An hour later, someone asked if the thing on my shoulder was real. It flew to the ceiling when flicked – a moth, like the one my sister had turned to find at the sound of rapped knuckles against a window in our grandparents’ room. Moths in many cultures are the spirits of the dead. It must been with me from when I came indoors. The white feather was gone when I went back to my desk.

For fear or to overcome it, she meant for us to believe. And I do, Ammamma. I do.

An edited version appeared in The New Indian Express. “The Venus Flytrap” is my weekly column in the Zeitgeist supplement. Previous columns can be found here.

The Venus Flytrap: The Matriarch of Mattekalleppu

Not all grandmothers are grand, but mine was. She was magnificent. Nothing shocked me in the last days I saw her alive but how beautiful she was, her illness sculpting her face into the countenance of a warrior – the high cheekbones and strong jaw I never knew were hers before they were mine. In a glass coffin in the morgue, dressed in the red and green saree she asked to be laid out in, she seemed to me like the Virgin of Vailankanni: ethereal and tranquil. At her funeral, adorned in turmeric and garlands, she took on the radiance of a more indigenous goddess.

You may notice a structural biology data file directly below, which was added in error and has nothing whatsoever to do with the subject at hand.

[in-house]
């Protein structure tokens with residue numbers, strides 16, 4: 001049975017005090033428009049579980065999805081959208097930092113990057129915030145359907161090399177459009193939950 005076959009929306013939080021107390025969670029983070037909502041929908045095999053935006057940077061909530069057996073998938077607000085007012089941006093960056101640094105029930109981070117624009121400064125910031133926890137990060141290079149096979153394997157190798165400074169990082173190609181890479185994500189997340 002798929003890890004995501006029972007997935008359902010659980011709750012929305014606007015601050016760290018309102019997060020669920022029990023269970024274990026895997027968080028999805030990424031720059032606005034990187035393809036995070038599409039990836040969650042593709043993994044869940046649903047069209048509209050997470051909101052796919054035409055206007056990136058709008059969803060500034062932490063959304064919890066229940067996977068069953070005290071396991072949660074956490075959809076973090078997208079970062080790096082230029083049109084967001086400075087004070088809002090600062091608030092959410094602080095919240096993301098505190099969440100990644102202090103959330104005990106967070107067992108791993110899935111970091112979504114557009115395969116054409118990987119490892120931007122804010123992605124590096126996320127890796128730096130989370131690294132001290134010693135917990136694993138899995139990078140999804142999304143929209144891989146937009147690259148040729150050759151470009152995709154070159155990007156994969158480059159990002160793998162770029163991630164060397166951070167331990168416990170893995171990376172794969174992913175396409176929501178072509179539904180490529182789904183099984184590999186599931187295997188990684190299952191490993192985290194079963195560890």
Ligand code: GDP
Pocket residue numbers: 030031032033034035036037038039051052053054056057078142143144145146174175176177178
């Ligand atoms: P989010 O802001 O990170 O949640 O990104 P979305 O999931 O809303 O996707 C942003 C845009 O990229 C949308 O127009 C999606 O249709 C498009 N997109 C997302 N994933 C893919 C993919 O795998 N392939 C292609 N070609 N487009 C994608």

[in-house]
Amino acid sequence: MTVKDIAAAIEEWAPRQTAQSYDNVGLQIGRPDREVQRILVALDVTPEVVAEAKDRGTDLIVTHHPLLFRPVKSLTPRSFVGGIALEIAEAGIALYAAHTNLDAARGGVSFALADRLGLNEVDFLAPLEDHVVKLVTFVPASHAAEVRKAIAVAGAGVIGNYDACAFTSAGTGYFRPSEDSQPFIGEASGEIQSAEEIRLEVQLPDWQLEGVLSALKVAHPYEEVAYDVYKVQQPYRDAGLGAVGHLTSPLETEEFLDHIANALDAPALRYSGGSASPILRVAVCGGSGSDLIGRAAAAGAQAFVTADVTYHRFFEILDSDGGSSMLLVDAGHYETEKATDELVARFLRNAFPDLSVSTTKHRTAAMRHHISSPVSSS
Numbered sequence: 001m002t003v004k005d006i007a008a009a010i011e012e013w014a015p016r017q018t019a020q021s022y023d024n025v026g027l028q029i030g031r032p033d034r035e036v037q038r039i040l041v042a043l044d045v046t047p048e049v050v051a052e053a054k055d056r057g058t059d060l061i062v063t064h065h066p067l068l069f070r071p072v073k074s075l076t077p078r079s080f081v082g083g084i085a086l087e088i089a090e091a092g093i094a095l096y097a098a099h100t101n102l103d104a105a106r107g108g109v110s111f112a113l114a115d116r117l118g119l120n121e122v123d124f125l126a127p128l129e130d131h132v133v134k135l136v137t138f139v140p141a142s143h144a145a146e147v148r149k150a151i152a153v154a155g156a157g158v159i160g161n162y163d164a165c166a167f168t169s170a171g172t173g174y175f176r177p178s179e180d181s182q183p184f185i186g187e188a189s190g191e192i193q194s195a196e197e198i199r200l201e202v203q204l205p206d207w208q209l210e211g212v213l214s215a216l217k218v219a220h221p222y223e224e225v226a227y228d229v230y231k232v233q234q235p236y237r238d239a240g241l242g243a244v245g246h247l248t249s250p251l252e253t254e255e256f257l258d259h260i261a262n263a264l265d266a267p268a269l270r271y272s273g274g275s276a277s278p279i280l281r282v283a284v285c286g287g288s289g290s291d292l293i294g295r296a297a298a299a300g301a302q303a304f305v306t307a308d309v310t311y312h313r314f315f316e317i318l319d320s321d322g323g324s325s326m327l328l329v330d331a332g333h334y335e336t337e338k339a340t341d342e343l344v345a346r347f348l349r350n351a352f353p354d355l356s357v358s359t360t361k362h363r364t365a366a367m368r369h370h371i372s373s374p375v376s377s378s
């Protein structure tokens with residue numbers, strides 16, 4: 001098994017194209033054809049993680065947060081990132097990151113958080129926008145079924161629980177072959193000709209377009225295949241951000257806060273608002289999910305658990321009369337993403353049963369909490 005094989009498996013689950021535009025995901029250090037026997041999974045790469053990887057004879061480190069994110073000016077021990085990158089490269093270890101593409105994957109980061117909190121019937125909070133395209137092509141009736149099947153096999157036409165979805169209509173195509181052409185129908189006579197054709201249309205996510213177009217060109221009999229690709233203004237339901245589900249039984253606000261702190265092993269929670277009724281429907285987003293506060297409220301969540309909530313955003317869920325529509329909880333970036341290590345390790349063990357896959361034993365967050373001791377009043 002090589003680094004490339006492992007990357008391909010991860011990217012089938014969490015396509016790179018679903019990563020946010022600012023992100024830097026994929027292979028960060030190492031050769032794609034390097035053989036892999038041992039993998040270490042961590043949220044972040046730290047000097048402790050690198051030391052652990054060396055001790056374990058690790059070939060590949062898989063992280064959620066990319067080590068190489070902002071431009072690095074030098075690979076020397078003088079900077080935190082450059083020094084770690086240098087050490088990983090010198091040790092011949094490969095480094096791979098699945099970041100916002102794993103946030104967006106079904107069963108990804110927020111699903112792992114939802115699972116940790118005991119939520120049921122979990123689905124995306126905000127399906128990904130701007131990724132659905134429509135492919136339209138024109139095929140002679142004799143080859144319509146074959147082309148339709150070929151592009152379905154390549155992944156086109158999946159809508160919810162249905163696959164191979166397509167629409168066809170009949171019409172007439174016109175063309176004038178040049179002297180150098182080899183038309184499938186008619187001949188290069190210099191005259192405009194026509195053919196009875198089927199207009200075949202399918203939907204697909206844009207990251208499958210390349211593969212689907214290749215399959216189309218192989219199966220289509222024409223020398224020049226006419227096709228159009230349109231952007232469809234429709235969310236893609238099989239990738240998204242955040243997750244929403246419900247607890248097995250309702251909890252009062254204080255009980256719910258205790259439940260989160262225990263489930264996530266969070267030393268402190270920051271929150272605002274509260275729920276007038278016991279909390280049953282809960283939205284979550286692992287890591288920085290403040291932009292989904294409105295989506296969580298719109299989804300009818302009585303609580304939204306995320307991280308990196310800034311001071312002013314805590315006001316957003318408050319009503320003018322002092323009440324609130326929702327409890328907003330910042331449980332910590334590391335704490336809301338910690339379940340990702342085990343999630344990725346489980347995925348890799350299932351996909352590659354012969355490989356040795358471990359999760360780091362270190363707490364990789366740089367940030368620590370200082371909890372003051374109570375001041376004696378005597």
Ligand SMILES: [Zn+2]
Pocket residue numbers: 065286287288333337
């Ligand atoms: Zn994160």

Not all grandmothers are grand, and neither are they mothers – but mine was both. She was the one who raised me, the first arms in which I lay because her daughter was too sick from the Caesarean to hold me. My grandparents’ presence shielded me from the incompetence of my real parents, saving me from suicide in the years when they would halt my education whimsically, split me from my sisters, speak things to me I cannot bear to remember, drive me into deep and chronic depressions. There is so much I never spoke of, from respect for her. There is nobody left for me to hurt now.

She died in a confluence of auspiciousness: in the holy week of Kantha Shasthi, on the pagan festival of Halloween. Her funeral was held not only on Dia de los Muertos but the day that in some years is both Diwali and Kali Puja. A macabre, ingenious, knowing death.